Secondly, as of 2017 and according to the results of the research conducted by Cambridge Associates in Boston USA, the real percentage of failed startups hasn’t risen above 60% since the very beginning of the 2000s.
Why add as much as 30%? Believe it or not, the bigger
This is the first of a series on the WordPress Philosophy. What is it and why does it matter. A new article will be published each month of this year.
Have you ever installed a plugin into your WordPress website and thought, “Ummm… that’s different”? Something about it just stood out as not quite right. The settings felt strange, or there were way too many settings, or maybe it changed parts of your site in ways you didn’t expect. Most often this experience involves a plugin or a theme that doesn’t do things “The WordPress Way.” If you’ve ever heard that phrase, it probably sounded a bit mysterious. That’s because while “The WordPress Way” does have a definition, it’s still a bit fuzzy; it’s not so simple to boil it down to a sentence or two. It’s not merely about the settings interface, or where to put the menus — it’s a whole philosophy of understanding user experience, development, and even freedom itself.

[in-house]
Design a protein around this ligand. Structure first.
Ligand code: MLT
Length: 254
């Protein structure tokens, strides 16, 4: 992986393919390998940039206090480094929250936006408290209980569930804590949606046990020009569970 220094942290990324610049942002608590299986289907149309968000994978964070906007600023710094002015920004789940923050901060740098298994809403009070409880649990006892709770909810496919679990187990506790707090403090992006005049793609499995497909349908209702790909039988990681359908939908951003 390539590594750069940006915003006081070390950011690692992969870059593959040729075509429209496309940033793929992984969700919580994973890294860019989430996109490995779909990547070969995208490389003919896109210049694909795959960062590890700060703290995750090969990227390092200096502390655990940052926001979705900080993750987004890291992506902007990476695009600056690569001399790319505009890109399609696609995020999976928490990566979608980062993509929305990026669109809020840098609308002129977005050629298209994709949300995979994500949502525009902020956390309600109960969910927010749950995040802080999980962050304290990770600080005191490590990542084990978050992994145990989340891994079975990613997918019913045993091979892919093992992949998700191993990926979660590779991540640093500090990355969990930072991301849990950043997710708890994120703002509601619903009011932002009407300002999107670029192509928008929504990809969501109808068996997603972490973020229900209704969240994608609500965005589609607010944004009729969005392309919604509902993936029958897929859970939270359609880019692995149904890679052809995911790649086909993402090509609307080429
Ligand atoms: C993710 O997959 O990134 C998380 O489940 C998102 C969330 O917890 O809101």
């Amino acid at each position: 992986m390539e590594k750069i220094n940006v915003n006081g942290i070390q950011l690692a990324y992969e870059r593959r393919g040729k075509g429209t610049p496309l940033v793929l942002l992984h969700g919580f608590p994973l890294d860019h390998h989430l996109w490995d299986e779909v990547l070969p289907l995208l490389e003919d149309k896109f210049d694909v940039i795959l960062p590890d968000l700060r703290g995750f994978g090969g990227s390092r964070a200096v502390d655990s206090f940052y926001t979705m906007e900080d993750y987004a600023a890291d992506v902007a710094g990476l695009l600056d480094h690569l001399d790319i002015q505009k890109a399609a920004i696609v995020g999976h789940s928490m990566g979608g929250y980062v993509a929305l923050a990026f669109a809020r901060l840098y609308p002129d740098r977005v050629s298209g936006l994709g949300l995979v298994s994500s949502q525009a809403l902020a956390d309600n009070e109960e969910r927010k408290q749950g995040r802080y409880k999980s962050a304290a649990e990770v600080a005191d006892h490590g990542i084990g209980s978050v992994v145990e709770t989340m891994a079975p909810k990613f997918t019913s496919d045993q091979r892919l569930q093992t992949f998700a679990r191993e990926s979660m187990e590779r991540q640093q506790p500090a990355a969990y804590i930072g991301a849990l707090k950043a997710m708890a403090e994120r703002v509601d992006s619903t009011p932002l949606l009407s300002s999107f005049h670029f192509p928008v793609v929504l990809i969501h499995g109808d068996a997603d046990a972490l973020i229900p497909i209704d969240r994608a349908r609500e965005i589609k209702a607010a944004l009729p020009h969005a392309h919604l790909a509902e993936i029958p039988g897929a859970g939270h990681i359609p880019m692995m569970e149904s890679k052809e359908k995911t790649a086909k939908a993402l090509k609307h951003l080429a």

This series is about the WordPress Philosophy. Yes, WordPress has an actual philosophy! This simple document will hold a lot of sway over everything that you interact with in your WordPress admin.
By the end of this series, you’ll have a stronger grasp of the WordPress Philosophy. You’ll be empowered to make more
As visual component colors are the first thing customers notice so rest assured they will react accordingly
As a visual component, colors are the first thing customers notice so rest assured they will react accordingly Nothing is random in the world of marketing. If you think brands select colors arbitrarily, you should check out this post to learn more about the psychology of colors. Why do we say that? It’s because color represents a powerful communication tool and can be used to signal action, impact mood, and even influence physiological reactions.